Septic System Basics for Landlords

Is your property connected to a septic or sewer line? Have you maintained a septic system in the past? If you’re not familiar with the difference or have never maintained a septic system, then understanding septic system basics can help. 

We rarely think twice about the water and waste exiting our homes; especially if connected to a municipal sewer system which magically takes away all the outgoing material. A septic system, however, requires consideration in terms of costs and maintenance, and the need for landlords and tenants to work together to share in the care of the system.

What is a Septic System

Unlike a municipal sewer system that transports waste and wastewater offsite to a centralized location for processing, a septic system processes the exiting material on the property. 

According to the Environmental Protection Agency (EPA), there are at least 10 types of septic system designs and configurations, namely:

  • Septic Tank
  • Conventional System
  • Chamber System
  • Drip Distribution System
  • Aerobic Treatment Unit
  • Mound Systems
  • Recirculating Sand Filter System
  • Evapotranspiration System
  • Constructed Wetland System
  • Cluster / Community System

More information about the above septic system types and a comprehensive septic system guide from the EPA can be found here: Learn About Septic Systems | EPA

Although they may have different configurations, all septic processes have the same basic characteristics (pipes, tanks, prepared soil) and purpose: to dispose of waste and wastewater in an efficient and ecologically friendly manner. 

How a Conventional Septic System Operates

All waste and wastewater exit the property from the main drainage pipe to a buried septic tank. The tank may have one or multiple chambers but all tanks are designed to hold the incoming material safely while it separates — the solids fall to the bottom (sludge), grease and oily material (referred to as scum) float to the top, and wastewater (also called effluents) leave the tank.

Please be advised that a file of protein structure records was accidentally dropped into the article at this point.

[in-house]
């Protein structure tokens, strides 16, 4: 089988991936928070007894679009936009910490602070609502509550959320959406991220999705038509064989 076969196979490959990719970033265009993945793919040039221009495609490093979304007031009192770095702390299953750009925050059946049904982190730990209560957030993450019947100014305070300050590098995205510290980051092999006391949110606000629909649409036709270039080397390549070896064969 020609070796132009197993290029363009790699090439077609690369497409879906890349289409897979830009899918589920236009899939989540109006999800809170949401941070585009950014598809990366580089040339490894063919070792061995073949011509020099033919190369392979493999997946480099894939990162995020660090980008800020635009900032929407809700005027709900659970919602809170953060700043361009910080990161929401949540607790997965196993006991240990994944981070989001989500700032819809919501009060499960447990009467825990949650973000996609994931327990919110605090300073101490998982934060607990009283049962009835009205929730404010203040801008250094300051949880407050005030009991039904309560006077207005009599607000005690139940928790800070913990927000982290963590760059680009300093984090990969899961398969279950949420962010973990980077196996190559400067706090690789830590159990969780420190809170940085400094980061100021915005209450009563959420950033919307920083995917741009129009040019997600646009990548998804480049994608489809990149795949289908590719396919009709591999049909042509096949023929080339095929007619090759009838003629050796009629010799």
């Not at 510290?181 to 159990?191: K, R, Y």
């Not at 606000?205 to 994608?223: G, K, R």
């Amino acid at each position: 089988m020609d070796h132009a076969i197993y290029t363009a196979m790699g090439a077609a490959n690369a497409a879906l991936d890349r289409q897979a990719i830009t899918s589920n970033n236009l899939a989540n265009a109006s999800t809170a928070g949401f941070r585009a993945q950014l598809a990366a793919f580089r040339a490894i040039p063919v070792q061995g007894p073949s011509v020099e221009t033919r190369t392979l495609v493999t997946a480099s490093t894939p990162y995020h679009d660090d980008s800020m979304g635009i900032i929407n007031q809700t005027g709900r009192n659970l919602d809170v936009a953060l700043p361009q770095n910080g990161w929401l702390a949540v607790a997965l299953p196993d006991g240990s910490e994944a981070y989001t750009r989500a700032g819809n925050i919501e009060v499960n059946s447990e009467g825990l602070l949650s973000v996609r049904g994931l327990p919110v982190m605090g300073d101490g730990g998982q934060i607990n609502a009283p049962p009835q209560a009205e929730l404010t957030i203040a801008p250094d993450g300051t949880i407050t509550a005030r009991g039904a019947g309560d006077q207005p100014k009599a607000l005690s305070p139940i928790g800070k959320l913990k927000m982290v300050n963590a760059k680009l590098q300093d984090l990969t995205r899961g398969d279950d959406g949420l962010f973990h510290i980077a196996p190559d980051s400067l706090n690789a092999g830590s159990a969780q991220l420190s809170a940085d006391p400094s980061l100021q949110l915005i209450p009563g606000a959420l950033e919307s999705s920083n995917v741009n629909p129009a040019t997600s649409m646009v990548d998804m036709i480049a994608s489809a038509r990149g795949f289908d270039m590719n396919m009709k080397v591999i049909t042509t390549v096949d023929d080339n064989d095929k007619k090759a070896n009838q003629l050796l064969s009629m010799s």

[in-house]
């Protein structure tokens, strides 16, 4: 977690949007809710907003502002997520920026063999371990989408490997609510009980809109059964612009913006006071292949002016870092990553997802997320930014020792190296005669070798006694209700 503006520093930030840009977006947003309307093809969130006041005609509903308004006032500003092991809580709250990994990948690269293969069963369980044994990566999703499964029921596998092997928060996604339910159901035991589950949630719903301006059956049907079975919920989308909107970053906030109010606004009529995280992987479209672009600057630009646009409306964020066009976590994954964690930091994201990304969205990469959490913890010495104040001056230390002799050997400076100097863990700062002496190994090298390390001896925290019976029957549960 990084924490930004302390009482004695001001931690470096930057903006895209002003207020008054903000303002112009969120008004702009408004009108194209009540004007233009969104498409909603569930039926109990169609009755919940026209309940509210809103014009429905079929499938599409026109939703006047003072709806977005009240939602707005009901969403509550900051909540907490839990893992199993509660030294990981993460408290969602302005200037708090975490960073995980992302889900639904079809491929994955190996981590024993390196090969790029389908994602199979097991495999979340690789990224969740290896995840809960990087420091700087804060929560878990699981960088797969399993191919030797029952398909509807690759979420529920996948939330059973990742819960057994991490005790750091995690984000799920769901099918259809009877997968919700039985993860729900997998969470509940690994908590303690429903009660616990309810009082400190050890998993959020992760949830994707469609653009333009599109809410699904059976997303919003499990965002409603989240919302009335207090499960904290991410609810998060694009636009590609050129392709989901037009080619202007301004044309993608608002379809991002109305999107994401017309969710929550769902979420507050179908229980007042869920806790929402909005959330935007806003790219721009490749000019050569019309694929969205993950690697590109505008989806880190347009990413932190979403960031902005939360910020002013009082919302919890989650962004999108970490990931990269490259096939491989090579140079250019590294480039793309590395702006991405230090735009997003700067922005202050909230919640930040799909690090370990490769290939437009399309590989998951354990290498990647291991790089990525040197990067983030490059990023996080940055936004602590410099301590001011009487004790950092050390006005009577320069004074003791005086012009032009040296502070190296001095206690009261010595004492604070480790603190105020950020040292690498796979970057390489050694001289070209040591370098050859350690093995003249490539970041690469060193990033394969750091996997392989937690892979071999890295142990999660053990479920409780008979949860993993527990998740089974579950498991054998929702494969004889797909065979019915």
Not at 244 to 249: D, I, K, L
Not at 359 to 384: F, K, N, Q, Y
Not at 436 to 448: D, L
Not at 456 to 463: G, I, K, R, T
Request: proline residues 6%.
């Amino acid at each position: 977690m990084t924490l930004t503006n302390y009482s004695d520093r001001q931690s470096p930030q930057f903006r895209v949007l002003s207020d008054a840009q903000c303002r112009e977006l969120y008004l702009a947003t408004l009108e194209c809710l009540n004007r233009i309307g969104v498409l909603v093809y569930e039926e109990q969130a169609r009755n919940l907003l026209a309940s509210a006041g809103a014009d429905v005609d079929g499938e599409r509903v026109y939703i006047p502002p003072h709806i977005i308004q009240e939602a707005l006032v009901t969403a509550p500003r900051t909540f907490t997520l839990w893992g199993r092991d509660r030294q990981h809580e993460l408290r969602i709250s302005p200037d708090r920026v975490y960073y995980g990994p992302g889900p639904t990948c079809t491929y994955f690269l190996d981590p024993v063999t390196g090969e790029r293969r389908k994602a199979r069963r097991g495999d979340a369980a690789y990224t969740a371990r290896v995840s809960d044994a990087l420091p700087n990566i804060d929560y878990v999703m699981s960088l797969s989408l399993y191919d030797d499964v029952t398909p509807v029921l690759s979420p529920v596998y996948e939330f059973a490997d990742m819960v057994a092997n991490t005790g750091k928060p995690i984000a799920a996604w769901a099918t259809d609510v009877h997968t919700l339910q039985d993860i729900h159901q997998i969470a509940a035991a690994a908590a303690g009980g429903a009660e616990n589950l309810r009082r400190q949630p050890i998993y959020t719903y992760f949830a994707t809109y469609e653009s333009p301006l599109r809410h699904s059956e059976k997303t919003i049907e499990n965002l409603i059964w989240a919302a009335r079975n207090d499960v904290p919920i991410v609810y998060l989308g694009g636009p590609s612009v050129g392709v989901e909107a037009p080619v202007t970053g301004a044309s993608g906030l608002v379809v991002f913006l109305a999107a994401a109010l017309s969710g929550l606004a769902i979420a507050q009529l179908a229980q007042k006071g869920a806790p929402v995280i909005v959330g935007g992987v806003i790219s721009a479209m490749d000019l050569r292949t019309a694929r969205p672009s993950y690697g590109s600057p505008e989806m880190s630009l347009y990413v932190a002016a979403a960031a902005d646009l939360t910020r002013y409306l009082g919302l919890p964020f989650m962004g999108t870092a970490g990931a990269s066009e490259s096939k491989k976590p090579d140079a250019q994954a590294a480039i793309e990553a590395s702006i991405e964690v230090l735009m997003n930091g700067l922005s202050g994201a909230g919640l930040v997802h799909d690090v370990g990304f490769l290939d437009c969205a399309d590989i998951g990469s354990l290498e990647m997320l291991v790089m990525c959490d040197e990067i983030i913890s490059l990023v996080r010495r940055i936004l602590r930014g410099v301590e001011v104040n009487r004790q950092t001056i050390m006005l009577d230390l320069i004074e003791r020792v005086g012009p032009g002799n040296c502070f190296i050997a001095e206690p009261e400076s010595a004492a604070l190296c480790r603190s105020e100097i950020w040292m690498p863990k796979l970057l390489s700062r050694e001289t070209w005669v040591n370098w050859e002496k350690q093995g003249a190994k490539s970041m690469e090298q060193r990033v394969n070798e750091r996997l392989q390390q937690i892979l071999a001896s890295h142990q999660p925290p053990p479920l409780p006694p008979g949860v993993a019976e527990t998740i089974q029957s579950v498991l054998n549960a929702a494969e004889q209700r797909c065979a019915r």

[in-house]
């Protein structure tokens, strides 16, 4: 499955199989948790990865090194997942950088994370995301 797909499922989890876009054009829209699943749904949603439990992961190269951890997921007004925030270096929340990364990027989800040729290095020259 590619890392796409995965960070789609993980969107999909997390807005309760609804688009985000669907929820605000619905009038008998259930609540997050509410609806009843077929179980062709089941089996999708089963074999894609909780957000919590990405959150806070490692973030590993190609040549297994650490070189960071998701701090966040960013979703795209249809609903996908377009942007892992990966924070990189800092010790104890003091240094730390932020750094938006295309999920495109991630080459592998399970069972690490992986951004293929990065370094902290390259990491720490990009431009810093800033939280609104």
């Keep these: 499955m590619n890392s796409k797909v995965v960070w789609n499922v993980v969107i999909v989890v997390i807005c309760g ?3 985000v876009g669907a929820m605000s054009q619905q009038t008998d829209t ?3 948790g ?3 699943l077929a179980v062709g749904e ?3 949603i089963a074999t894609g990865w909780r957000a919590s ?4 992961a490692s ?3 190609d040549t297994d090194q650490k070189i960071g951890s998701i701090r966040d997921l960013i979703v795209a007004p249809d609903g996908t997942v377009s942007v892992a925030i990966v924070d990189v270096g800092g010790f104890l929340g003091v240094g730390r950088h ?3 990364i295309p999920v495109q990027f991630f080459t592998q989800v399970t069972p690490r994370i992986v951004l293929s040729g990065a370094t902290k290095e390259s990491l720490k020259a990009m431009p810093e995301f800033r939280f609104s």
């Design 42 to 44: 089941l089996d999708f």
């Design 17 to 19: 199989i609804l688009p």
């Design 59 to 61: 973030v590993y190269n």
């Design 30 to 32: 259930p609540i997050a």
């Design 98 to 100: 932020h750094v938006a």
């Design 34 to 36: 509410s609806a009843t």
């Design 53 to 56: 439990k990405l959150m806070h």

The wastewater makes its way through exit pipes from the septic tank to a leach field or drain field where it filters down into the soil. That filtering process naturally removes the bacteria and viruses before it discharges into the water table. 

The solids and scum will need to be periodically pumped out. 

septic tanks and leach fields

Why Septic Maintenance is Important

Without proper care, a small septic issue can turn into a catastrophe that consumes your time and eats away at your profits. Here are the main septic maintenance tasks to add to your maintenance plans:

Routine inspections inform you when there are concerns that need to be addressed such as pumping, cleaning, or repairs before they become a serious problem costing you thousands to tens of thousands to correct. 

Pumping and cleaning
There are many factors that determine when your septic tank pumping will be required. According to these are the factors inspectors will note to help determine the septic pumping timing recommendation:

  • Scum layer thickness 
  • Sludge layer thickness
  • Capacity of the septic tank
  • Volume of wastewater
  • Amount of solids in wastewater
  • Septic tank retention time

The best practice is to always jump on minor repairs before they become a large calamity. Hopefully, if you’ve followed routine inspections and pumping and cleaning you can avoid repairs. 

Inspections and cleaning are within your control but there are other factors to maintaining a healthy and working system that we’ll address below.